Ola has kept up with the running and is considering strategies for the other two projects. This may involve volunteering at Parent Link or at the animal shelter. She hopes to bring the sense of safe community with her as she enters the Livingstone School Ski Academy next week.

“It was life-changing and I definitely came out a better person,” Ola concludes.

Her sister and guardian, Rachel Newrick, already thought Ola was a fabulous kid.

She appreciated the unplugged time while Ola was away and thinks this helped the teens to be present in the experience and to stay focused.

Rachel describes parent night as an “event of 1,000 hugs.” She says Ola was bubbling with energy and they walked late into the evening to listen to her stories.

Rachel had heard only positive feedback about FACES and feels lucky they were able to get Ola in this summer.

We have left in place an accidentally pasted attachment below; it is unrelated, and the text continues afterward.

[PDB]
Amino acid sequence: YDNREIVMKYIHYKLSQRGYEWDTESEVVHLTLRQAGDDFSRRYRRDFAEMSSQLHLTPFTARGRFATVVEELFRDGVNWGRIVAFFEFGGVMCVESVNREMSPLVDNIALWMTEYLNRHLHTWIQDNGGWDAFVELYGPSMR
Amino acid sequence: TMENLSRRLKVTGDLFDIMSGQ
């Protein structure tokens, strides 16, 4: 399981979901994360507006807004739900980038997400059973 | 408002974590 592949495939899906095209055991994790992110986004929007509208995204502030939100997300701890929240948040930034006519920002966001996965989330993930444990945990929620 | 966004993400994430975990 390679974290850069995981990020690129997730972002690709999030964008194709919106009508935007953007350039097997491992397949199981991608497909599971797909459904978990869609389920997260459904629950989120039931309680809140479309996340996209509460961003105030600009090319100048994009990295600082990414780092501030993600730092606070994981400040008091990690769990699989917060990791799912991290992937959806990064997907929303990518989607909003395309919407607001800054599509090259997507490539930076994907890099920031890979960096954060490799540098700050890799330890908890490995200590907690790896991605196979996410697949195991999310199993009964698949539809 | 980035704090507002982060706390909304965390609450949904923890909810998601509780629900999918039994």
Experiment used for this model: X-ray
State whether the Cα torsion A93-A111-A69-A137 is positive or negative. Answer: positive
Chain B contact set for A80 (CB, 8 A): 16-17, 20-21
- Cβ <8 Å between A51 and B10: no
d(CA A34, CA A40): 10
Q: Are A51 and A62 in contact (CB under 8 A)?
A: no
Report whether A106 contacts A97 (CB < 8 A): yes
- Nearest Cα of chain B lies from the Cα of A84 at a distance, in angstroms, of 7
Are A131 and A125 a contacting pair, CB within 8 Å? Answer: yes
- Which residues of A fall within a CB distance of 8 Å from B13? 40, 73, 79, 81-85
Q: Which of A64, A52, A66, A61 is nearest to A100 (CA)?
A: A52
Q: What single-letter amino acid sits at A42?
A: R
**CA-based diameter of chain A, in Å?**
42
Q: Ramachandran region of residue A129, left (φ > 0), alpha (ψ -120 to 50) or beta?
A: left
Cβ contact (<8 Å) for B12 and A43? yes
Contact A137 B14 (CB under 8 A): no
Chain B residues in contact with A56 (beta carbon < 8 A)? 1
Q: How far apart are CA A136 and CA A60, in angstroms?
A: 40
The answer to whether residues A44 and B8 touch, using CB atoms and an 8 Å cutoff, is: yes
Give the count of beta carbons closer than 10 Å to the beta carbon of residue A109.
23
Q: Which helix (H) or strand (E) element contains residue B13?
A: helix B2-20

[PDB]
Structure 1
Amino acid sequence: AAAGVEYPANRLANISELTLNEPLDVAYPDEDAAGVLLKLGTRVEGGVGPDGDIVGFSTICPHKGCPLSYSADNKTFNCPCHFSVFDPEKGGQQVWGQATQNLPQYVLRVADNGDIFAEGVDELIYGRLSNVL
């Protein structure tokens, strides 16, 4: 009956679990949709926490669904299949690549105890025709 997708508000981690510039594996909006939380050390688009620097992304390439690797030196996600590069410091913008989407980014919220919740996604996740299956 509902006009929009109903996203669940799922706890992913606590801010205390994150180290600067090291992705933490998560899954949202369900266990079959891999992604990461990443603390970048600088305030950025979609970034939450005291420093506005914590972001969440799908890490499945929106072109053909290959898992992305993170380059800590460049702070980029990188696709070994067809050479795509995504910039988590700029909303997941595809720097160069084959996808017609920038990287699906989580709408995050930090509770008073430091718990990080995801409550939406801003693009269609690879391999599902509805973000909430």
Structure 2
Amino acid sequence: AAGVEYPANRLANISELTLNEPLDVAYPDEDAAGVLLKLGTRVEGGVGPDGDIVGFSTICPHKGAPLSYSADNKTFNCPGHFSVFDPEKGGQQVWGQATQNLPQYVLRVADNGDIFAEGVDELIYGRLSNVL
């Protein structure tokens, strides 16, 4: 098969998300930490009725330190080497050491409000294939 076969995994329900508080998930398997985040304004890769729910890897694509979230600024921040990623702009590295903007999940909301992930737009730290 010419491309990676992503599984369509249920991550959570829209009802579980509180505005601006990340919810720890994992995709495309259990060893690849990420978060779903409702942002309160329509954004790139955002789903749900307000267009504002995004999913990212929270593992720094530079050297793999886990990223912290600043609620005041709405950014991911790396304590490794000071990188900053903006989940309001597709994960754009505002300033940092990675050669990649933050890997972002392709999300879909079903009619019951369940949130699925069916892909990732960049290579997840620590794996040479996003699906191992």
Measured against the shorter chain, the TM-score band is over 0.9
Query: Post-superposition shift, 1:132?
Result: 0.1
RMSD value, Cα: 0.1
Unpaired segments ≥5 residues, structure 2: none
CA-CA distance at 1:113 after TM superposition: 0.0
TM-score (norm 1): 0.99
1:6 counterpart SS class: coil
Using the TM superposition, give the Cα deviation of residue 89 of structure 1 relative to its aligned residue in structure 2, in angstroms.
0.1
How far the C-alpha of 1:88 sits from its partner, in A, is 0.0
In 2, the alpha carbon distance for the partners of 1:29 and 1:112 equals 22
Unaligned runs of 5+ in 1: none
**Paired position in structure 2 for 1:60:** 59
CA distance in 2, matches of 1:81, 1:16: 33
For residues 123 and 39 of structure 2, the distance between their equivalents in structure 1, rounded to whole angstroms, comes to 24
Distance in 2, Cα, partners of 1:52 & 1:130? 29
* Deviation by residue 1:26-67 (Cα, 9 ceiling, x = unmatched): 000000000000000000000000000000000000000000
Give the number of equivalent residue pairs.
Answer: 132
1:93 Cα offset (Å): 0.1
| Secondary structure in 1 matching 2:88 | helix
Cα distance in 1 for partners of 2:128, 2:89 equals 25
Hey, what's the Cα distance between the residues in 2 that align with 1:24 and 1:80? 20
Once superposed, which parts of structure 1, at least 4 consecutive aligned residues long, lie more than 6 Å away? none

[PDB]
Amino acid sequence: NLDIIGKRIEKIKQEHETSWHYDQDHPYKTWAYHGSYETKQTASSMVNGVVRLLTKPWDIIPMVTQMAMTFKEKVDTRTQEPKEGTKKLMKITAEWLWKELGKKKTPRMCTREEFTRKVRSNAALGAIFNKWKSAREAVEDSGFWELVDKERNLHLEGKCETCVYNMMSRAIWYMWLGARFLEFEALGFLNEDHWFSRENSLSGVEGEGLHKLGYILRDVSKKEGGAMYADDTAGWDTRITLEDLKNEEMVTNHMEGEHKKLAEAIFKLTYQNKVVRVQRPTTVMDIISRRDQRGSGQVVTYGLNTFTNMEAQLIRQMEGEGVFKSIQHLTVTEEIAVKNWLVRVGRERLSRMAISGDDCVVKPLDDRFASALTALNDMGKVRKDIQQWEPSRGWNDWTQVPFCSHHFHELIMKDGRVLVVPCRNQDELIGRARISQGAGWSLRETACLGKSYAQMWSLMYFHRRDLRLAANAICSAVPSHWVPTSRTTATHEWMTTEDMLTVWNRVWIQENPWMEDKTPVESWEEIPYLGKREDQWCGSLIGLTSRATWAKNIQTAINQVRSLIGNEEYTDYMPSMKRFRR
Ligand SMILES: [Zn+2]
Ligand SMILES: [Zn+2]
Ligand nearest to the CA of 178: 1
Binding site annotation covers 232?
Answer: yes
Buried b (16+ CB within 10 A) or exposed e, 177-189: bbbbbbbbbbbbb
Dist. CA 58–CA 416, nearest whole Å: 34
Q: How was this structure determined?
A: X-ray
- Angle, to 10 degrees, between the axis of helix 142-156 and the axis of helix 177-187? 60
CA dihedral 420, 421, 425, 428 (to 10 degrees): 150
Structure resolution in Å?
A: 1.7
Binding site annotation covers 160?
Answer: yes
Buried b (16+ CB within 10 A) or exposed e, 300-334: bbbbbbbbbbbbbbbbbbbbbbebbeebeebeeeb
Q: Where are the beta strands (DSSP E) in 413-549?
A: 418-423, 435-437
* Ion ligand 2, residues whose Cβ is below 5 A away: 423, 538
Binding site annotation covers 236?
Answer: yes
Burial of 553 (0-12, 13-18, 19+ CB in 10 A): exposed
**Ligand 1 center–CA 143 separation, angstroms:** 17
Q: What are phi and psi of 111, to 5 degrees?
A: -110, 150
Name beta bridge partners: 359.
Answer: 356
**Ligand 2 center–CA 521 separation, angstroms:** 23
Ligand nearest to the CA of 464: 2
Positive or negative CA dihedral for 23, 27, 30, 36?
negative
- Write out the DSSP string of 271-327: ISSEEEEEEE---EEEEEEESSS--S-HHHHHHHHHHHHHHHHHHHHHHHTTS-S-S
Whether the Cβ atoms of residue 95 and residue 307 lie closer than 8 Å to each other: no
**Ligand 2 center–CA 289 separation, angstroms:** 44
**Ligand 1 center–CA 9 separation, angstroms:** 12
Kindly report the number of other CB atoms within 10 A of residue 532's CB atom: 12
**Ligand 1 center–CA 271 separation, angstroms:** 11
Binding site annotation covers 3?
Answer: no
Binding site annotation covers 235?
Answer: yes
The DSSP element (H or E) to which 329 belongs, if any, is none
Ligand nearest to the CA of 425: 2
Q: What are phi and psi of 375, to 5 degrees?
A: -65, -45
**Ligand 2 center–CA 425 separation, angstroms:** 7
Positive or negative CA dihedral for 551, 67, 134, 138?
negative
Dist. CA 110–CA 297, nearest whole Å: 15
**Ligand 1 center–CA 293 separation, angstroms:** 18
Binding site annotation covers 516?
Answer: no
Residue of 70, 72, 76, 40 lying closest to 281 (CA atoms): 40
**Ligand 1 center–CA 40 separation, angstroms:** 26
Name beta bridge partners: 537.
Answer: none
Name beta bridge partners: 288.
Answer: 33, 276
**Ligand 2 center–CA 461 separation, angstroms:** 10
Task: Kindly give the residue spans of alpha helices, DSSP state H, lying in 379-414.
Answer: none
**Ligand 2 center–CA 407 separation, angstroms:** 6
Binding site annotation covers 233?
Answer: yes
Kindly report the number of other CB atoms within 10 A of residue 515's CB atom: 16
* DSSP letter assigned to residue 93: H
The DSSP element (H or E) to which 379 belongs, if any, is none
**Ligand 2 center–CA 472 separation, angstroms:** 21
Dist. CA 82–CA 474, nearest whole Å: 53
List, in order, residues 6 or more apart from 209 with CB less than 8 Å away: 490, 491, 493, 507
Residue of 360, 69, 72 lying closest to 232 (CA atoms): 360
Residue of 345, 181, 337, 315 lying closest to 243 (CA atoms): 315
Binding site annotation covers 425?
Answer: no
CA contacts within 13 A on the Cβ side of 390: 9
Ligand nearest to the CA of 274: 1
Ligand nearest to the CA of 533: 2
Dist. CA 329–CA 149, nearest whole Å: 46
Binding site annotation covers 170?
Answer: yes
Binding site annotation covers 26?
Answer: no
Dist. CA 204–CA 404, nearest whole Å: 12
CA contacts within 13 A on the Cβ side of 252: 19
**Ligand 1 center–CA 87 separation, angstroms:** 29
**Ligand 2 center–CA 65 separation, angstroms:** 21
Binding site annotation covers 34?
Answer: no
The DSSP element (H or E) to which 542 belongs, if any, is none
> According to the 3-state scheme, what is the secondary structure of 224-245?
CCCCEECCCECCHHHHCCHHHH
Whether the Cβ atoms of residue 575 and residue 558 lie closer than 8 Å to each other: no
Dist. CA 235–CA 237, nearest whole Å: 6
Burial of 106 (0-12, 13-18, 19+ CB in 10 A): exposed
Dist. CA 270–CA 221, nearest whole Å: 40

The program is sponsored by Livingstone Range School Division and next year will be limited to students moving from Grade 9 to Grade 10. Rick Bullock says this is due to a change in the funding model.

“LRSD is a very valued partner and has been behind us all 18 years,” Rick says. “Not every school division would sponsor a program like this.”

Additional funding comes from Alberta Education. With this combined support, LRSD students attend camp for a registration fee of $50.

“We are committed to and proud of the fact the FACES is open to everyone and that dollars won’t keep anyone away,” Rick says.

Students earn 15 high school credits in locally developed courses — FACES 12, 25 and 35.

“I have great staff,” Rick says. “Great people from all over Canada who are amazing and diverse. Many are on their own personal path and want to make a difference in the lives of kids.”

This summer, 55 staff members guided 406 students on the FACES journey.

Dave Orr, who led the Chinook session, has been Rick’s business partner since 2008 and has found it to be a powerful experience as both a leader and as an educator.